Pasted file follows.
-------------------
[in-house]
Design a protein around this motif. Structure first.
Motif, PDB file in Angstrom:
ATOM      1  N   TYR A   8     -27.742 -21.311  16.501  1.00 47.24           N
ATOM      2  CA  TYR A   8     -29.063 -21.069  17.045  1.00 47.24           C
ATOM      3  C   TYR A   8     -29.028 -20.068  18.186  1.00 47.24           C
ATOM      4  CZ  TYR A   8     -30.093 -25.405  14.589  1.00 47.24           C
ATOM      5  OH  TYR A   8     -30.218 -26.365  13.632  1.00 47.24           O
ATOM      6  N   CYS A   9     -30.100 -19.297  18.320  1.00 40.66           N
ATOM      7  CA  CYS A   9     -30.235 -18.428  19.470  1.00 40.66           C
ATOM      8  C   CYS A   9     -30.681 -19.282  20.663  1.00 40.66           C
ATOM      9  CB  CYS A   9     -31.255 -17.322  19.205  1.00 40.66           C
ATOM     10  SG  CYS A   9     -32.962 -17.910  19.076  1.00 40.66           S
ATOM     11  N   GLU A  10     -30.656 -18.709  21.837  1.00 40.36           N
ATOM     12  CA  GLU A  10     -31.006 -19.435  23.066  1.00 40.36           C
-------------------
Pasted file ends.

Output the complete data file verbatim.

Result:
[in-house]
Design a protein around this motif. Structure first.
Motif, PDB file in Angstrom:
ATOM      1  N   TYR A   8     -27.742 -21.311  16.501  1.00 47.24           N
ATOM      2  CA  TYR A   8     -29.063 -21.069  17.045  1.00 47.24           C
ATOM      3  C   TYR A   8     -29.028 -20.068  18.186  1.00 47.24           C
ATOM      4  CZ  TYR A   8     -30.093 -25.405  14.589  1.00 47.24           C
ATOM      5  OH  TYR A   8     -30.218 -26.365  13.632  1.00 47.24           O
ATOM      6  N   CYS A   9     -30.100 -19.297  18.320  1.00 40.66           N
ATOM      7  CA  CYS A   9     -30.235 -18.428  19.470  1.00 40.66           C
ATOM      8  C   CYS A   9     -30.681 -19.282  20.663  1.00 40.66           C
ATOM      9  CB  CYS A   9     -31.255 -17.322  19.205  1.00 40.66           C
ATOM     10  SG  CYS A   9     -32.962 -17.910  19.076  1.00 40.66           S
ATOM     11  N   GLU A  10     -30.656 -18.709  21.837  1.00 40.36           N
ATOM     12  CA  GLU A  10     -31.006 -19.435  23.066  1.00 40.36           C